Share this article:
The same storm bringing cold rain and mountain snow to Southern California and Arizona this week will swing toward Midwest this weekend (Dec. 15-16) with a wide variety of precipitation.
The storm will bring not only needed moisture, but also travel problems ranging from minor inconveniences to dangerous conditions.
How extensive the area of snow, ice and drenching rain is will depend on the track and strength of the storm.
Snowfall from the storm could overlap part of the area that was hit with half a foot to a foot and a half of snow this past weekend (Dec. 8-10).
The storm will not be as potent as the blizzard of last weekend, with much less snow and little wind forecast.
According to Expert Senior Meteorologist Brett Anderson, "Warm air will be flowing in aloft with this storm over a broad area, before colder air sweeps in. Hence a broad area of wintry mix is forecast."
A shift in track by 100 miles or so would mean the difference between very slippery wintry mix versus less troublesome all snow over the the Upper Midwest during Saturday. Odds favor a wintry mix in the Minneapolis/St. Paul area.
A swath of accumulating snow is possible spanning late Friday night, Saturday into Saturday night from central South Dakota to northern Minnesota.
Farther south, a period of rain is forecast from Omaha, Neb.; Sioux Falls, S.D.; Des Moines, Iowa; Chicago; Detroit and the Ohio Valley.
In between, a wintry mix is in likely, including some freezing rain and sleet. There is the potential for enough ice to put a thick glaze on some elevated surfaces.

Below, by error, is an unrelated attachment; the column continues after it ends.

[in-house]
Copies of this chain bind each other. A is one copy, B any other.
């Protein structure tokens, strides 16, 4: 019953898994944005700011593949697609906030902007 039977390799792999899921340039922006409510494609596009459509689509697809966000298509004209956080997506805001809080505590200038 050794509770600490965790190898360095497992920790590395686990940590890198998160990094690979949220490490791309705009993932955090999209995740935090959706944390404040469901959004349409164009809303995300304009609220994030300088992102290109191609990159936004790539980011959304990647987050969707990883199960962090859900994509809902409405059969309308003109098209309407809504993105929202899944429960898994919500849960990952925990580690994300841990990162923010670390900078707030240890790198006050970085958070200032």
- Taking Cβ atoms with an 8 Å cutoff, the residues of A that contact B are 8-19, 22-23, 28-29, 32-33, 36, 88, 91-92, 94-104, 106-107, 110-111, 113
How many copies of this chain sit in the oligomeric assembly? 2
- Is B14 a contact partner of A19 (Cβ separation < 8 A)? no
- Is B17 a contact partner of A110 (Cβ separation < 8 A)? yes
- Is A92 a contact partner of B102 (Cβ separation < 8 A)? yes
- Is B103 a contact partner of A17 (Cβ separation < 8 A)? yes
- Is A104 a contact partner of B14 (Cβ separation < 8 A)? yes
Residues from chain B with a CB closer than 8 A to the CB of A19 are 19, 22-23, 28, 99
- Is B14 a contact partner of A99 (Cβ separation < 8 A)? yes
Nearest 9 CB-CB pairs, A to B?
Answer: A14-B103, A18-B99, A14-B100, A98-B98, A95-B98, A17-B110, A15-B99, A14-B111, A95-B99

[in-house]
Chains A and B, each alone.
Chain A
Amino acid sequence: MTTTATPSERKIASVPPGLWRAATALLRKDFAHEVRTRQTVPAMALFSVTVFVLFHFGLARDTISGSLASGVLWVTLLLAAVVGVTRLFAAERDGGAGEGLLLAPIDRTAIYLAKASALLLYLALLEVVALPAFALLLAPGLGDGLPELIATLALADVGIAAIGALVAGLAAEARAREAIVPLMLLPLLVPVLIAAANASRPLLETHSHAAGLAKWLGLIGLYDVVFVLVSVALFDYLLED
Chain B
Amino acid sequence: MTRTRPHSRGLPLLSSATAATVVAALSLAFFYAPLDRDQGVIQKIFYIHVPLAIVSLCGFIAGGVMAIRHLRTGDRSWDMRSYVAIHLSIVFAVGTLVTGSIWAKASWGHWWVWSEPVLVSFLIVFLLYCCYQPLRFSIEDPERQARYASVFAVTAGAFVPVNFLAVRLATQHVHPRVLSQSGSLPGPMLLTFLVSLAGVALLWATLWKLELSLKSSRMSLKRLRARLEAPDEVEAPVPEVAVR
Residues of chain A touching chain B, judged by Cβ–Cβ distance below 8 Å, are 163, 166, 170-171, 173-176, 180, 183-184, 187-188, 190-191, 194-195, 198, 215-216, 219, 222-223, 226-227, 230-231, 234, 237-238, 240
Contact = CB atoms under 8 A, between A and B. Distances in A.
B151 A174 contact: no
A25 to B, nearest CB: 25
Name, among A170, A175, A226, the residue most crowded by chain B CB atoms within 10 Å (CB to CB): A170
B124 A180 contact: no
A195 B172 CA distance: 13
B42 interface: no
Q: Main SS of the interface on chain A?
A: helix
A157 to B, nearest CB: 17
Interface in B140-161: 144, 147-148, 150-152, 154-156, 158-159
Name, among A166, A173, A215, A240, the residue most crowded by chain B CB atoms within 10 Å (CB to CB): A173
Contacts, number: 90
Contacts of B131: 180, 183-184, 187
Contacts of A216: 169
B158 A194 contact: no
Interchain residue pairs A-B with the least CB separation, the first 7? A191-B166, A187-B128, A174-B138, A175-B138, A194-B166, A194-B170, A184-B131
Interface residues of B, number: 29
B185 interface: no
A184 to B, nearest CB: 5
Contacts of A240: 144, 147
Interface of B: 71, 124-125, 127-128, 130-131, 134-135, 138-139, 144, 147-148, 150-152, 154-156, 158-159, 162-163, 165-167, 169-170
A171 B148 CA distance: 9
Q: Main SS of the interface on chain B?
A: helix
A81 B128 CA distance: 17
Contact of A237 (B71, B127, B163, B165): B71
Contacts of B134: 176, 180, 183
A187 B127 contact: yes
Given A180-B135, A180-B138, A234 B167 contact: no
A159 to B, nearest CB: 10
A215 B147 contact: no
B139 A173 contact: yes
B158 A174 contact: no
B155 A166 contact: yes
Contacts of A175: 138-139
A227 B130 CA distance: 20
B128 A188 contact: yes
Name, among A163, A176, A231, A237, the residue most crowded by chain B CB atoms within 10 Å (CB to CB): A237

Spotty thunderstorms can also affect areas from the central and southern Plains to part of the lower Mississippi Valley.
Portions of I-35, I-90 and I-94 in the northern Plains and the Upper Midwest could be a slow go Saturday.
A Ding in the Drought
While the snow and rain may be an inconvenience for travelers, shoppers and some outdoor activities, the region is in desperate need of moisture due to the Drought of 2012.
The drought has the potential to extend its roots into 2013 over a large portion of the Plains.
According to AccuWeather.com Long Range Expert Paul Pastelok, "We are in a transitional pattern right now that will continue through much of the remainder of December. However, the number of storms impacting the Plains with significant precipitation is likely to diminish during the heart of the winter."
As a glimmer of hope for parts of the Midwest, Pastelok stated that it appears precipitation amounts would trend upward from near the Mississippi River on east through the winter.
During the next few weeks, storms would bring some moisture to parts of the Plains and locally heavy precipitation farther east.
Meteorologist Brian Edwards has more on the pattern leading up to Christmas in "Snowy, Colder Pattern for U.S. Leading up to Christmas."
Comments that don't add to the conversation may be automatically or manually removed by Facebook or AccuWeather. Profanity, personal attacks, and spam will not be tolerated.
It will be a tale of two forecasts in the western U.S. this coming weekend as storms dampen the Interior Northwest but heat and drought persist in the Southwest.
Many travelers may not consider their vacation’s potentially negative consequences for environment and local communities.
Following what seems like weeks of nearly continuous rainfall, sunny, warm and rain-free weather will continue to grace the northeastern United States through Friday.
As the French Open gets underway on Sunday, summerlike heat, showers and thunderstorms are expected to last into midweek.
With the threat for tropical development this Memorial Day holiday weekend, many may be wondering if early season development translates into an active Atlantic hurricane season.
Racers and spectators will have to prepare for hot and steamy conditions for the 2018 Indianapolis 500, which is set to take place Sunday, May 27.
Far beneath the Earth's surface, a fiery world of molten rock exists below the continental and oceanic plates.
Summer marks the start to barbecue and grilling season, which is not without the potential for accidents. There are a number of safety precautions that you can take to reduce your risk of a grill fire.